All About Content: 6 Takeaways from Confab 2021

All About Content: 6 Takeaways from Confab 2021

Content strategy is an area of expertise that grew out of user experience (UX) around 2010, when the book Content Strategy for the Web put this new discipline on the map. Author Kristina Halvorson, founder of Brain Traffic, produces Confab

Today, successful organizations everywhere are using content strategy to solve complex problems and make content more useful, relatable and user friendly. Below are six insights and takeaways from speakers at Confab 2021.

Authentic Relationships Are Important

Authentic relationships are at the core of every successful project. It’s not the tools, documentation or processes that make the project, it’s the people. People build good projects when they care about each other, so when you foster authentic relationships, you inspire good work.     

– Eileen Webb, Webmeadow

You Can’t “Use Up” Ideas

It’s important to come up with lots of options that cover the gamut, not just ideas that are safe or trendy. There’s no such thing as “using up” an idea. Picasso sometimes painted more than 200 iterations of a painting before deciding on the final version. The longer you think about a creative problem, the more original solutions you’ll be able to come up with.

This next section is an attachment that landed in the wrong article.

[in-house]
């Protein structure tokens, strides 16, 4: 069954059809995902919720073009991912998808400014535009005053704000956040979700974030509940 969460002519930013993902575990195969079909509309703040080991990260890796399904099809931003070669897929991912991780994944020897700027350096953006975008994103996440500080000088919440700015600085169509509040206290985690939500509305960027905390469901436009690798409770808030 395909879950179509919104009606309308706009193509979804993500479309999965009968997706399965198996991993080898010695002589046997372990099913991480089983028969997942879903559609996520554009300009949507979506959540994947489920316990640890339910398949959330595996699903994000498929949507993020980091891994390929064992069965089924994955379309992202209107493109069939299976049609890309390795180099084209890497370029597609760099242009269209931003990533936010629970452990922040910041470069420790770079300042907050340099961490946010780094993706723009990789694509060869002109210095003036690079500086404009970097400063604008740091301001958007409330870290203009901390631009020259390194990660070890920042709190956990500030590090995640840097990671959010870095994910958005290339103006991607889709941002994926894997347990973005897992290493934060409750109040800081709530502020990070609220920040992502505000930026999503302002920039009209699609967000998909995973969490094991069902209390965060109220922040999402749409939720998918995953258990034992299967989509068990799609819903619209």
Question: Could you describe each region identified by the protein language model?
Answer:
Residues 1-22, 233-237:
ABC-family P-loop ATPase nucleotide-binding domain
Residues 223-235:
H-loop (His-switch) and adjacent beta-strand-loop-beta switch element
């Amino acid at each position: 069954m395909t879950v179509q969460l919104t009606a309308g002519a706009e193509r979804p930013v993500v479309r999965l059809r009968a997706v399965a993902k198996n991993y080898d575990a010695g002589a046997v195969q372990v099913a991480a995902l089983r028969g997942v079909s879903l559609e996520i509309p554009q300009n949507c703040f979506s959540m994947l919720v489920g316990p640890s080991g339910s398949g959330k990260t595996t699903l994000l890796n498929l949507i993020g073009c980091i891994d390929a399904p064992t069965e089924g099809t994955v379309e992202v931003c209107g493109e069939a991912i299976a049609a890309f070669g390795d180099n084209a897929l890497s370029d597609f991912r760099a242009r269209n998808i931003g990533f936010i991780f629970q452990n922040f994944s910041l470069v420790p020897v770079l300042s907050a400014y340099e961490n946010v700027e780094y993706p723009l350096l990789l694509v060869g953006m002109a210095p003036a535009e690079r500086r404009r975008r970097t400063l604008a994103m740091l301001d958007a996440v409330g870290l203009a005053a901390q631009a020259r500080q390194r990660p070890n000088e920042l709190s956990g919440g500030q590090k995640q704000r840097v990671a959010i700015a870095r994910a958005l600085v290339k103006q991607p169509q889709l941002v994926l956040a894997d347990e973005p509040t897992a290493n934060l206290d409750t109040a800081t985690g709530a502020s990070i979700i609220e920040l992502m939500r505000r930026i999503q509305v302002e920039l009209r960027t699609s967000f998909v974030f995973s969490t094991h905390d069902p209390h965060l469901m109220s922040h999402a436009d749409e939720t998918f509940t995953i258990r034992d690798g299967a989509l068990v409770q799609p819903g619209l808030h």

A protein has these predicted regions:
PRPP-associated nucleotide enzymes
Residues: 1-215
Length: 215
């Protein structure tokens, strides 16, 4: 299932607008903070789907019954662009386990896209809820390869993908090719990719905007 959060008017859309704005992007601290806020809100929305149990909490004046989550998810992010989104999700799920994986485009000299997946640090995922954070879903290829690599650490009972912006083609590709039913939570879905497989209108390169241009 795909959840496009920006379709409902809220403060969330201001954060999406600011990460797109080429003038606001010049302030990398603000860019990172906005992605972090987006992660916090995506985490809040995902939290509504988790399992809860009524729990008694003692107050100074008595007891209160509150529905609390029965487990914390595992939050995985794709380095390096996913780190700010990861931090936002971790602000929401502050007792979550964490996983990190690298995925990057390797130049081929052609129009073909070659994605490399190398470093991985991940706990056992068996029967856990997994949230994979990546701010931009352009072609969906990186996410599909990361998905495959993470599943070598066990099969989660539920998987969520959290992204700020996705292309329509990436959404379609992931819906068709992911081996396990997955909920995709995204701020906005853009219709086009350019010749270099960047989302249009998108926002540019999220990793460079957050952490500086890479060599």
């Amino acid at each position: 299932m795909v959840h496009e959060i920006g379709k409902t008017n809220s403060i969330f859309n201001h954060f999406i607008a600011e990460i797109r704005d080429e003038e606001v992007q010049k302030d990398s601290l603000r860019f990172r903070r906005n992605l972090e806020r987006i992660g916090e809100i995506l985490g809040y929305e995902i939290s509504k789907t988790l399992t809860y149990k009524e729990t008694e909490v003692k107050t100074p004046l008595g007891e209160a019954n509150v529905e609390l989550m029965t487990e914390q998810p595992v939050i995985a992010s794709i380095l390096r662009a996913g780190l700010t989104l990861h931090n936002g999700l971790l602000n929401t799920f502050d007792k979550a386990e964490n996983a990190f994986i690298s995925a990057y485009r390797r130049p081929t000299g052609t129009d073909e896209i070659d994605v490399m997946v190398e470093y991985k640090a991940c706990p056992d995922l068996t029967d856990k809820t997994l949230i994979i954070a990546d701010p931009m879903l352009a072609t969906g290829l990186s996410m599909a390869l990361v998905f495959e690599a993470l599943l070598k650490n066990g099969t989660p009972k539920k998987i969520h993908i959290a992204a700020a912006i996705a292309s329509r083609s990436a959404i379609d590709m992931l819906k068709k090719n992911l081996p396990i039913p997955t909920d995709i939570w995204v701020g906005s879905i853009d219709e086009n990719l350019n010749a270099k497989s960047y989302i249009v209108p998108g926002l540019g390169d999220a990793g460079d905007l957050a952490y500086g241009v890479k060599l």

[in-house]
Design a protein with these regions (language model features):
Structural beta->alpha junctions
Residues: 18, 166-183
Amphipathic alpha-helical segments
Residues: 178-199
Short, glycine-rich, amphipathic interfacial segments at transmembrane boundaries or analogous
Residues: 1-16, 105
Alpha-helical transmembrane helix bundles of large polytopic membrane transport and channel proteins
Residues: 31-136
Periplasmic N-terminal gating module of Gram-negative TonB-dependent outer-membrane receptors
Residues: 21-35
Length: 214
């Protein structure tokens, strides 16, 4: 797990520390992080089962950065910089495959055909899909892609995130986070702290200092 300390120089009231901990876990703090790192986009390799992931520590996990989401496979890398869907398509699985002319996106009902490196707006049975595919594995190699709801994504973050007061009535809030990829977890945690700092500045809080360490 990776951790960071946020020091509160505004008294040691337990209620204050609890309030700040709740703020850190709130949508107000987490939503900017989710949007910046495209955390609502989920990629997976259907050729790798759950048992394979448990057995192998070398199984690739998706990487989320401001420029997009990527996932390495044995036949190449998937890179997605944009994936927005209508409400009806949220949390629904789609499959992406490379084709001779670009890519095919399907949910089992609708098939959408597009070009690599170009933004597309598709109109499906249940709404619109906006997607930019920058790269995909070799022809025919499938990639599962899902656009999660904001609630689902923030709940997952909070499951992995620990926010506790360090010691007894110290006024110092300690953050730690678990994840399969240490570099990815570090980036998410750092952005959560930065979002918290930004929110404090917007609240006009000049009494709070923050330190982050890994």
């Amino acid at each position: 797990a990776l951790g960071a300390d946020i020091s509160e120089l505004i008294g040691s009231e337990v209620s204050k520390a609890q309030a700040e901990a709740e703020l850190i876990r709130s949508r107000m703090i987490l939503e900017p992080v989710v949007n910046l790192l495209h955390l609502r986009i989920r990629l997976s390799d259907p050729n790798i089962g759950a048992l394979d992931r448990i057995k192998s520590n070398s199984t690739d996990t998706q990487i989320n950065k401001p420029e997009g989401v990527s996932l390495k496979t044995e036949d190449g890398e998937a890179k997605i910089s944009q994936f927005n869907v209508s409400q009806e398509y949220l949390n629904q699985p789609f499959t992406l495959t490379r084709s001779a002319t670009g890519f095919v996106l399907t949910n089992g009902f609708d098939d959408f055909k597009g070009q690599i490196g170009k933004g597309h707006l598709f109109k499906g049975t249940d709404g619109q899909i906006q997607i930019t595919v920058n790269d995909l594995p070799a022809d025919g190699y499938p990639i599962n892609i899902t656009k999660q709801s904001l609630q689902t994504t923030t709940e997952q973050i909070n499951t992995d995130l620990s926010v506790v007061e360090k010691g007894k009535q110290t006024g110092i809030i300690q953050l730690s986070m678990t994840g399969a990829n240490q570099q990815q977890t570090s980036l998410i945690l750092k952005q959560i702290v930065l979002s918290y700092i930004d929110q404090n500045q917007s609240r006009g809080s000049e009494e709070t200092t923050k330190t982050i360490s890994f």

– Anthony Brandt, Rice University

Data-first thinking is content-first thinking

Customer-facing transactional content can get messy, and the customer can notice and give negative feedback and reviews online. Understanding data is hard—but data is content so when you find a way to understand the data journey, from the user’s point of view, you can improve the customer experience (CX).     

– Maggie Anderson, Capital One

Empathy is a hidden deliverable

Many technical things happen involving a lot of people and disciplines during a website development project. By fostering an environment that embraces questions and curiosity, we understand other disciplines, processes and vocabularies and people better—whether they’re our clients or our team mates.     

– Cory Vilhauer, Blend Interactive

Writing for something that won’t be read

When you’re writing for audio, start with research to find out about users’ audio habits in daily life. Communicate audio content visually through language and sound. Write podcast descriptions for limited real estate and character counts. Create a style guide for quality and consistency. Make a playbook to describe your process.     

– Sophie Tahran, The New Yorker

6 Tips for growing your team

1. Get comfortable with ambiguity. Your first job is to figure out what your job is.  

2. Learn the process (and show value).  

3. Talk about what you do and connect with people from different disciplines.  

4. Find others who think like you. Build community.  

5. Be accessible (but set boundaries).  

6. Care about the structure of your organization so you understand how decisions are made.

– Andy Welfle, Adobe


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